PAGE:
The removal of a centuries-old oak tree in Blitchton by the Georgia Department of Transportation began earlier this week to make room for future improvements to the intersection of highways 280 and 80.
But while the work to the intersection is good news to many, the loss of the tree is anything but to others.
Wendy Bolton, president of the Coastal Bryan Tree Foundation, said the oak tree was around 300 years old. She said she was disappointed to see the oak cut down, but hopes that the tree was a major factor when planning the upgrades.
“It’s hard to understand why when there are significant trees like that that the DOT can’t work around it,” Bolton said. “I know sometimes that is impossible and that may have been the case here, but I certainly would hope they took every consideration into saving that tree.
“It’s like 300 years old, and to lose something that magnificent is heartbreaking.”
Bolton added losing the Blitchton oak would be equivalent to Richmond Hill losing the two large oak trees in front of Clyde’s market at the intersection of highways 144 and 17.
According to Craig Sullivan with the DOT, the Blitchton tree was in the path of a future turn lane included in plans of the intersection upgrade.
Sullivan said the tree was originally scheduled to be cut down back in 2008, but the highway project wasn’t going to happen at that time – though he also said the schedule for improvements to the intersection has not yet been set.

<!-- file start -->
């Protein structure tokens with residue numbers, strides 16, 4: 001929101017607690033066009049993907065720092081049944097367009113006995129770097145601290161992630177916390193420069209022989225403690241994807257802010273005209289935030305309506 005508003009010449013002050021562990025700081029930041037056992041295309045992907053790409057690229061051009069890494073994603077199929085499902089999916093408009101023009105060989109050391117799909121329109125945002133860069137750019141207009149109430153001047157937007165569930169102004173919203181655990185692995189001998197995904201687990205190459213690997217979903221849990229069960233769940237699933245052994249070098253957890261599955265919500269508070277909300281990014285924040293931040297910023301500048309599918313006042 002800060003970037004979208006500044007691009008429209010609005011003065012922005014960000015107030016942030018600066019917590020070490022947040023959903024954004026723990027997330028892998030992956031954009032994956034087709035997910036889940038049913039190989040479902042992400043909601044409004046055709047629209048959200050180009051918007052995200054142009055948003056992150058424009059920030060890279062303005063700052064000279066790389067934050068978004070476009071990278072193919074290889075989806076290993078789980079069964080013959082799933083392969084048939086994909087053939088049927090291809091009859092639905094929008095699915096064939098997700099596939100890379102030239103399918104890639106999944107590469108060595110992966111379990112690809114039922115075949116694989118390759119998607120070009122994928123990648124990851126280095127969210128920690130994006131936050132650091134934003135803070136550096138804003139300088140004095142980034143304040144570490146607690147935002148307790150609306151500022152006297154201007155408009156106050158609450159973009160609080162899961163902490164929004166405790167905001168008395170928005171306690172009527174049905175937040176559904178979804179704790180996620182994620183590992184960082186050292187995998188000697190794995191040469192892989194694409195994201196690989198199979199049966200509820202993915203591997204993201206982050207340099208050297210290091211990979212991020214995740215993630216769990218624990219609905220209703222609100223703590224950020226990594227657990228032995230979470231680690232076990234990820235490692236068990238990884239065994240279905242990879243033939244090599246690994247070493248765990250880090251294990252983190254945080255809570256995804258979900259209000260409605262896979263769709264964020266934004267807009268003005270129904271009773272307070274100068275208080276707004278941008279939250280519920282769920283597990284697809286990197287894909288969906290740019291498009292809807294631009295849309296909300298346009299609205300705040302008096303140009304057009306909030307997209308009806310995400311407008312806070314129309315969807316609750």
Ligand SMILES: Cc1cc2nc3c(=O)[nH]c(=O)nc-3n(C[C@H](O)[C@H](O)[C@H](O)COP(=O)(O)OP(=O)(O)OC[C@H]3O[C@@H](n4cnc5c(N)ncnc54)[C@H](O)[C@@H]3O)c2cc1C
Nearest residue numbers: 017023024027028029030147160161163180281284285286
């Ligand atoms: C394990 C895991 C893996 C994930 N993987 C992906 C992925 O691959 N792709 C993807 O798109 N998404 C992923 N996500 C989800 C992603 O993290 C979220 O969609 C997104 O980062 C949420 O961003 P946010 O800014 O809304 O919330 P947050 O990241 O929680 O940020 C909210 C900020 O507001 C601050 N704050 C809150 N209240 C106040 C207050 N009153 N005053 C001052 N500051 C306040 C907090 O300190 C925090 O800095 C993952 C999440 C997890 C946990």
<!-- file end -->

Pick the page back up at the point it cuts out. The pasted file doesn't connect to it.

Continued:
The DOT decided not to remove the tree then, he said, and allowed Greg Parker, who was then developing a Parker’s Market at the intersection, to build the store’s driveway around the tree.
“We told the county and (Parker) when this project happened, we’d move (Parker’s) driveway and the tree would be cut down,” Sullivan said.
County Administrator Phil Jones said the county had safety concerns with the tree several years ago due to its close proximity to Hwy. 280.
At that time, DOT would not cut the tree down, he said, and now that the DOT is realigning that intersection, the county has no sanction in regards to the tree.
“That is DOT right of way, the county has absolutely no control over that,” Jones said. “If the DOT has made the decision to take it down, then that’s the DOT’s decision.”
Jones said he hated to see any tree of that size and age be cut down, but with the tree’s location, the DOT couldn’t meet safety requirements for the intersection redesign if it remained.